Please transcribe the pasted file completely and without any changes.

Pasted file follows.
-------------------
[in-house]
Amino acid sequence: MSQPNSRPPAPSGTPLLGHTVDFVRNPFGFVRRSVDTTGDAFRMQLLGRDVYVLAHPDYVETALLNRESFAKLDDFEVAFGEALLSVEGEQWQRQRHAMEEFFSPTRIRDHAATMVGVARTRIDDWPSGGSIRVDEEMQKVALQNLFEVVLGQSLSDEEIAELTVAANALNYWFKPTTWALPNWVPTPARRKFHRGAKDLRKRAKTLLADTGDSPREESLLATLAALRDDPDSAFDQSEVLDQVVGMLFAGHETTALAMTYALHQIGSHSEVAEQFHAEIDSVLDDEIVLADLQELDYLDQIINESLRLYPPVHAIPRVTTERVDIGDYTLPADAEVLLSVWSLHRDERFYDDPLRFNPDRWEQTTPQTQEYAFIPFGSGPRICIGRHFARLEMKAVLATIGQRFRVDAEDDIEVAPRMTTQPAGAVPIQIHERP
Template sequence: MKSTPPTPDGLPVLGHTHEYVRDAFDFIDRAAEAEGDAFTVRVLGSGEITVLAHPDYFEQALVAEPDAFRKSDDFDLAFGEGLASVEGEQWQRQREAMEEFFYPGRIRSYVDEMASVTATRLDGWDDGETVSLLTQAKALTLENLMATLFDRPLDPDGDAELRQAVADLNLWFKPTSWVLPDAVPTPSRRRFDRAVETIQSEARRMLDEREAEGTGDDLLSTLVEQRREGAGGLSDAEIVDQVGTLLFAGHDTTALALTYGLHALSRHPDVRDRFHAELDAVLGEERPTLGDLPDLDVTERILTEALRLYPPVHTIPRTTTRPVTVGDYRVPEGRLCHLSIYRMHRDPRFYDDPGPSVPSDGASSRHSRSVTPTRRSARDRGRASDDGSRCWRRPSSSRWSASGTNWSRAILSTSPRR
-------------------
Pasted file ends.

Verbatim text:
[in-house]
Amino acid sequence: MSQPNSRPPAPSGTPLLGHTVDFVRNPFGFVRRSVDTTGDAFRMQLLGRDVYVLAHPDYVETALLNRESFAKLDDFEVAFGEALLSVEGEQWQRQRHAMEEFFSPTRIRDHAATMVGVARTRIDDWPSGGSIRVDEEMQKVALQNLFEVVLGQSLSDEEIAELTVAANALNYWFKPTTWALPNWVPTPARRKFHRGAKDLRKRAKTLLADTGDSPREESLLATLAALRDDPDSAFDQSEVLDQVVGMLFAGHETTALAMTYALHQIGSHSEVAEQFHAEIDSVLDDEIVLADLQELDYLDQIINESLRLYPPVHAIPRVTTERVDIGDYTLPADAEVLLSVWSLHRDERFYDDPLRFNPDRWEQTTPQTQEYAFIPFGSGPRICIGRHFARLEMKAVLATIGQRFRVDAEDDIEVAPRMTTQPAGAVPIQIHERP
Template sequence: MKSTPPTPDGLPVLGHTHEYVRDAFDFIDRAAEAEGDAFTVRVLGSGEITVLAHPDYFEQALVAEPDAFRKSDDFDLAFGEGLASVEGEQWQRQREAMEEFFYPGRIRSYVDEMASVTATRLDGWDDGETVSLLTQAKALTLENLMATLFDRPLDPDGDAELRQAVADLNLWFKPTSWVLPDAVPTPSRRRFDRAVETIQSEARRMLDEREAEGTGDDLLSTLVEQRREGAGGLSDAEIVDQVGTLLFAGHDTTALALTYGLHALSRHPDVRDRFHAELDAVLGEERPTLGDLPDLDVTERILTEALRLYPPVHTIPRTTTRPVTVGDYRVPEGRLCHLSIYRMHRDPRFYDDPGPSVPSDGASSRHSRSVTPTRRSARDRGRASDDGSRCWRRPSSSRWSASGTNWSRAILSTSPRR